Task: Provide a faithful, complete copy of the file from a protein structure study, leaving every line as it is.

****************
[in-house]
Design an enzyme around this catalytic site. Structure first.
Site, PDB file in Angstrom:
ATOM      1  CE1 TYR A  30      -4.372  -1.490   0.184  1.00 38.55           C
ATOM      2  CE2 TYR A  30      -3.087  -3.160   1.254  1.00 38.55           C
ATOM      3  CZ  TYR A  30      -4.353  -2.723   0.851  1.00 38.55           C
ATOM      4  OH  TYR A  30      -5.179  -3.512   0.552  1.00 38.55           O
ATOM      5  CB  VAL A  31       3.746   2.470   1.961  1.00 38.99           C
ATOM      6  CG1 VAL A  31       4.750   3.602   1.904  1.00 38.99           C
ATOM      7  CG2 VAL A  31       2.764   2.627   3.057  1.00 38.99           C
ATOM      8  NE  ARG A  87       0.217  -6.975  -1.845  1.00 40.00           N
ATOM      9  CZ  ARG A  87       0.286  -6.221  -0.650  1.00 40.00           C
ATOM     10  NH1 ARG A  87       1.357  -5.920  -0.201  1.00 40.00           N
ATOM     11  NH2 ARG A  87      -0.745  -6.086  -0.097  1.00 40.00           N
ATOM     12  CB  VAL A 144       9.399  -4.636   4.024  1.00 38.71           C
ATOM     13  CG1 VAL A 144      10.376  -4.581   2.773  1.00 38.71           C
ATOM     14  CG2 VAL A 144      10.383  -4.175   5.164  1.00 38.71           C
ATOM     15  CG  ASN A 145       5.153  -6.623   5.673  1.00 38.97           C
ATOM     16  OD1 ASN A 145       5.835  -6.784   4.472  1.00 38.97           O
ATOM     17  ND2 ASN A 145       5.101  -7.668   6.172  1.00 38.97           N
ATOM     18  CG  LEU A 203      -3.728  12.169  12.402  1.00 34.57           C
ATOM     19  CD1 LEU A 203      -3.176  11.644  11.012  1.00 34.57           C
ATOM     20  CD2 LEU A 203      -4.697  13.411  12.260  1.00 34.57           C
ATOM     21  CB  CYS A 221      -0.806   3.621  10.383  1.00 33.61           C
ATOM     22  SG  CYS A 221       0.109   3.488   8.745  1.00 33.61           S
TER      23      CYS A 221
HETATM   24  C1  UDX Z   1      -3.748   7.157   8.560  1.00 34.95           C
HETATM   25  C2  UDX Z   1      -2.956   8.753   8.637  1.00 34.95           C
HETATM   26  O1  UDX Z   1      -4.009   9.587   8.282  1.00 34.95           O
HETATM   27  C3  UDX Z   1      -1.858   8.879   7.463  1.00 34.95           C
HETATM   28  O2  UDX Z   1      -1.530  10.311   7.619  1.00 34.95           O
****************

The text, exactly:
[in-house]
Design an enzyme around this catalytic site. Structure first.
Site, PDB file in Angstrom:
ATOM      1  CE1 TYR A  30      -4.372  -1.490   0.184  1.00 38.55           C
ATOM      2  CE2 TYR A  30      -3.087  -3.160   1.254  1.00 38.55           C
ATOM      3  CZ  TYR A  30      -4.353  -2.723   0.851  1.00 38.55           C
ATOM      4  OH  TYR A  30      -5.179  -3.512   0.552  1.00 38.55           O
ATOM      5  CB  VAL A  31       3.746   2.470   1.961  1.00 38.99           C
ATOM      6  CG1 VAL A  31       4.750   3.602   1.904  1.00 38.99           C
ATOM      7  CG2 VAL A  31       2.764   2.627   3.057  1.00 38.99           C
ATOM      8  NE  ARG A  87       0.217  -6.975  -1.845  1.00 40.00           N
ATOM      9  CZ  ARG A  87       0.286  -6.221  -0.650  1.00 40.00           C
ATOM     10  NH1 ARG A  87       1.357  -5.920  -0.201  1.00 40.00           N
ATOM     11  NH2 ARG A  87      -0.745  -6.086  -0.097  1.00 40.00           N
ATOM     12  CB  VAL A 144       9.399  -4.636   4.024  1.00 38.71           C
ATOM     13  CG1 VAL A 144      10.376  -4.581   2.773  1.00 38.71           C
ATOM     14  CG2 VAL A 144      10.383  -4.175   5.164  1.00 38.71           C
ATOM     15  CG  ASN A 145       5.153  -6.623   5.673  1.00 38.97           C
ATOM     16  OD1 ASN A 145       5.835  -6.784   4.472  1.00 38.97           O
ATOM     17  ND2 ASN A 145       5.101  -7.668   6.172  1.00 38.97           N
ATOM     18  CG  LEU A 203      -3.728  12.169  12.402  1.00 34.57           C
ATOM     19  CD1 LEU A 203      -3.176  11.644  11.012  1.00 34.57           C
ATOM     20  CD2 LEU A 203      -4.697  13.411  12.260  1.00 34.57           C
ATOM     21  CB  CYS A 221      -0.806   3.621  10.383  1.00 33.61           C
ATOM     22  SG  CYS A 221       0.109   3.488   8.745  1.00 33.61           S
TER      23      CYS A 221
HETATM   24  C1  UDX Z   1      -3.748   7.157   8.560  1.00 34.95           C
HETATM   25  C2  UDX Z   1      -2.956   8.753   8.637  1.00 34.95           C
HETATM   26  O1  UDX Z   1      -4.009   9.587   8.282  1.00 34.95           O
HETATM   27  C3  UDX Z   1      -1.858   8.879   7.463  1.00 34.95           C
HETATM   28  O2  UDX Z   1      -1.530  10.311   7.619  1.00 34.95           O